I thought we were done with the questionnaires after we finished the financial disclosure paperwork for the elections board. What businesses did we own? On what boards do we sit? What stock do we own? To whom do we owe money?
It was a pain in the neck because I have two 401ks still at my former employers. Well-diversified 401ks. Then there's Primo's 401k. And our mutual funds in our savings. And our IRAs. Stupid stupid pain in the neck form.
But I guess it's good we did it. A candidate the next district over, who already had yard signs posted everywhere, dropped out of the race. Rumor has it that he didn't turn his form in before the deadline.
So these questionnaires. So far, from the league of conservation voters (if I remember correctly), and then just this week, from
The State Restaurant Association
The American Federation for Children
The State AFL-CIO
The State Right to Work Committee
Of course, they all ask incredibly loaded questions that reduce to, "Are you a mean, bad person or a good one?"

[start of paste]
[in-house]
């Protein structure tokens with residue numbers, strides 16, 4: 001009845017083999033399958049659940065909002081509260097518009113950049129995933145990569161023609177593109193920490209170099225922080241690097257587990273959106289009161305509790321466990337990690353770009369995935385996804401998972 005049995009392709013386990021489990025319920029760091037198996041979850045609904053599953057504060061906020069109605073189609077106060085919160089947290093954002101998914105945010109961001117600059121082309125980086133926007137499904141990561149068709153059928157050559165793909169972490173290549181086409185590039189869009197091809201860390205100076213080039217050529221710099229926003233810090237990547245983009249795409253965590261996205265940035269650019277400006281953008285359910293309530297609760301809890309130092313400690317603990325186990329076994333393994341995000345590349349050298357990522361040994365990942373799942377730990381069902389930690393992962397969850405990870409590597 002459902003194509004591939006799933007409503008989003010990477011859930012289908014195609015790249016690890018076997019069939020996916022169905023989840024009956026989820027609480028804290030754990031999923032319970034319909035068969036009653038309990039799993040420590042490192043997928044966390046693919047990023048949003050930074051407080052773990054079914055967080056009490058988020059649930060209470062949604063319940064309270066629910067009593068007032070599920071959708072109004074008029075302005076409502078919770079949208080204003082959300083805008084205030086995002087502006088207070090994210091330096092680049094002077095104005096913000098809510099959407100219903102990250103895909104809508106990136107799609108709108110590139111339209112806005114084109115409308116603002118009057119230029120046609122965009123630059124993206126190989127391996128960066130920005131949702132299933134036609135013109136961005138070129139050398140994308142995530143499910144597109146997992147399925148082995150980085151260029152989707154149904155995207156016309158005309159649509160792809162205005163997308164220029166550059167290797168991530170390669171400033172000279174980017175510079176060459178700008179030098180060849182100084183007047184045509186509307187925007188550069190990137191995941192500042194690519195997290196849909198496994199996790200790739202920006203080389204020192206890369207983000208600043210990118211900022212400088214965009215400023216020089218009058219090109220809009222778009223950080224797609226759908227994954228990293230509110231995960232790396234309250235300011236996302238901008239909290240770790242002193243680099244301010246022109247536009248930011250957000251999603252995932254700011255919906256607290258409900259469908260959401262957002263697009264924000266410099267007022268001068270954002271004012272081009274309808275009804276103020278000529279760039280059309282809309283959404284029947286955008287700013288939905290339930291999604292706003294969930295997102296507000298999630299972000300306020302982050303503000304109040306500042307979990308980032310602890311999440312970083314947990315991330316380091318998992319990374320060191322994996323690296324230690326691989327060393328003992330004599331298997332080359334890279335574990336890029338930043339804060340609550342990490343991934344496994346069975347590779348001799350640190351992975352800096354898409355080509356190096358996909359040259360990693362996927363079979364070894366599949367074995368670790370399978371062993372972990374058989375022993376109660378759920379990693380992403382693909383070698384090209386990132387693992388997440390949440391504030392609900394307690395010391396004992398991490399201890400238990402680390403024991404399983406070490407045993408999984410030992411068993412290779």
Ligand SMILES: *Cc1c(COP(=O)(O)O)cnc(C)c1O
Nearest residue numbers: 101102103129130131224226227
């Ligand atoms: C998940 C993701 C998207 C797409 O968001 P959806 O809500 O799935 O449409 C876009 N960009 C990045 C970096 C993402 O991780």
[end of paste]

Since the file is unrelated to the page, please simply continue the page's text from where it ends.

(They are almost all on paper, as well, so you can't just fill them out online. No, you have to handwrite your answer because who owns a typewriter anymore? Would it have been SO HARD to make online questionnaires, people?)
Here are questions from one of them:
1. Briefly describe your campaign plan, goals and objectives.
Really? What do you think our objective is? TO WIN!
Will you protect public infrastructure, the quality of public services, and the long-term investment of taxpayers by opposing the privatization of public services?
It's hard to know what answer they want, isn't it?
Given the unprecedented cuts to education....How should the state move forward to repair the immense damage that has been done to public education?
Note that there is no documentation of said "immense damage."
In the interests of bipartisanship, here are some questions from another questionnaire. Also biased.
State law allows the use of so-called "project labor agreements," which can keep non-union companies from bidding or working on state-funded projects. These agreements ensure that more workers are corralled into forced unionism and lead to more spending and higher taxes.
"So-called?" Are they not really called that? Is there a question about the nomenclature? And what about "forced" as a neutral term?
A pox on both houses, I say.
Here's one that seems a little more neutral.
Should [the state] enact more programs that increase tax-supported educational opportunities to [state] families?
Slightly biased, but note the lack of words like "damage" and "unprecedented."